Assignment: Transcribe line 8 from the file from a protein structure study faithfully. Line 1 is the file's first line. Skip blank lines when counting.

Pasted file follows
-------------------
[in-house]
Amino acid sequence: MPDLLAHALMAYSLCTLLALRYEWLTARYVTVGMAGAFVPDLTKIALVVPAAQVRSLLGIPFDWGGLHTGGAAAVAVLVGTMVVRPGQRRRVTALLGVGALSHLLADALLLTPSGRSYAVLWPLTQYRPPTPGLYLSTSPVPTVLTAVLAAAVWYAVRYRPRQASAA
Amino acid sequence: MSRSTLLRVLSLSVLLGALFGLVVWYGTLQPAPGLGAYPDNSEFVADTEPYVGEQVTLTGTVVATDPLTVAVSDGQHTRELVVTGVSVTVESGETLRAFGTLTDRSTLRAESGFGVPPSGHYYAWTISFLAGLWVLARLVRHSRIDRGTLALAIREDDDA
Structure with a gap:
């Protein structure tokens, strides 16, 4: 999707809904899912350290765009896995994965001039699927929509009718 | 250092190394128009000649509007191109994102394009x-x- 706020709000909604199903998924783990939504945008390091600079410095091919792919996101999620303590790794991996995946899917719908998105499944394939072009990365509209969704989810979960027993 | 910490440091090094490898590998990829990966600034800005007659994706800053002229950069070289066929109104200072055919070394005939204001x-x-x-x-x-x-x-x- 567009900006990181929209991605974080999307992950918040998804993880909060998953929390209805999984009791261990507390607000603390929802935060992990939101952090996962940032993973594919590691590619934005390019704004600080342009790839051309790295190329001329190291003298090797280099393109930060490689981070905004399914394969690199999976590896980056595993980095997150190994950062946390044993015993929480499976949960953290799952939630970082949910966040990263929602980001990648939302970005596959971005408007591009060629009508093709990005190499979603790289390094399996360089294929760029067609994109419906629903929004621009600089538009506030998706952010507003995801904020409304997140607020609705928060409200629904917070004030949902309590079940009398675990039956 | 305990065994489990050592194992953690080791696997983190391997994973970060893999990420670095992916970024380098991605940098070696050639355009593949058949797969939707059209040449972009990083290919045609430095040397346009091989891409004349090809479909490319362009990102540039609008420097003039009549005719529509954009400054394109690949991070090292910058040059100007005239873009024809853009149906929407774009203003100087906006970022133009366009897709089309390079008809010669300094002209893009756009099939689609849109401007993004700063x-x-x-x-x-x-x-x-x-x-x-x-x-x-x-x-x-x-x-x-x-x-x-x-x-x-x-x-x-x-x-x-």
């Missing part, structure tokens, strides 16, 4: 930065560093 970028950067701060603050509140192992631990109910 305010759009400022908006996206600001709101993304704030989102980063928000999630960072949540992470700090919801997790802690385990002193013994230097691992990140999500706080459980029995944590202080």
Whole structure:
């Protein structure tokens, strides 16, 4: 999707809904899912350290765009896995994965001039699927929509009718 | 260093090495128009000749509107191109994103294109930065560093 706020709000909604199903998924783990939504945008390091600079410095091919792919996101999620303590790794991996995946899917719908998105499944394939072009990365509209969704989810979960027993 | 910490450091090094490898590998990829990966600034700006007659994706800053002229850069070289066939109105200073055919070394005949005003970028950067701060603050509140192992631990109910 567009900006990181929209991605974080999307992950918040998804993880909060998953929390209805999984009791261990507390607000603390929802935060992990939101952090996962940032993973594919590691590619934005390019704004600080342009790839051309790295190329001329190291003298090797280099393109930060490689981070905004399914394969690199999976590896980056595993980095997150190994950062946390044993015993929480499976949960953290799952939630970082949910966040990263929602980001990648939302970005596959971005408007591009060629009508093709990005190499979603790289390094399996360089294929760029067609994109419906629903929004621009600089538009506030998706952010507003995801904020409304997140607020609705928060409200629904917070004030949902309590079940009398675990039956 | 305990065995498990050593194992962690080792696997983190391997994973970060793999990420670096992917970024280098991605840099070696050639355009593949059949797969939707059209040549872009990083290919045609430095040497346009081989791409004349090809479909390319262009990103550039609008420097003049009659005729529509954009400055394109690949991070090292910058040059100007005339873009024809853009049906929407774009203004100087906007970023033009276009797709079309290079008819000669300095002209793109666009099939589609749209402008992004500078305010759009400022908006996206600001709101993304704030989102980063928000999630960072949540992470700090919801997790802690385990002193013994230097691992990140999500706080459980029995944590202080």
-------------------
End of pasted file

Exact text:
């Protein structure tokens, strides 16, 4: 999707809904899912350290765009896995994965001039699927929509009718 | 260093090495128009000749509107191109994103294109930065560093 706020709000909604199903998924783990939504945008390091600079410095091919792919996101999620303590790794991996995946899917719908998105499944394939072009990365509209969704989810979960027993 | 910490450091090094490898590998990829990966600034700006007659994706800053002229850069070289066939109105200073055919070394005949005003970028950067701060603050509140192992631990109910 567009900006990181929209991605974080999307992950918040998804993880909060998953929390209805999984009791261990507390607000603390929802935060992990939101952090996962940032993973594919590691590619934005390019704004600080342009790839051309790295190329001329190291003298090797280099393109930060490689981070905004399914394969690199999976590896980056595993980095997150190994950062946390044993015993929480499976949960953290799952939630970082949910966040990263929602980001990648939302970005596959971005408007591009060629009508093709990005190499979603790289390094399996360089294929760029067609994109419906629903929004621009600089538009506030998706952010507003995801904020409304997140607020609705928060409200629904917070004030949902309590079940009398675990039956 | 305990065995498990050593194992962690080792696997983190391997994973970060793999990420670096992917970024280098991605840099070696050639355009593949059949797969939707059209040549872009990083290919045609430095040497346009081989791409004349090809479909390319262009990103550039609008420097003049009659005729529509954009400055394109690949991070090292910058040059100007005339873009024809853009049906929407774009203004100087906007970023033009276009797709079309290079008819000669300095002209793109666009099939589609749209402008992004500078305010759009400022908006996206600001709101993304704030989102980063928000999630960072949540992470700090919801997790802690385990002193013994230097691992990140999500706080459980029995944590202080």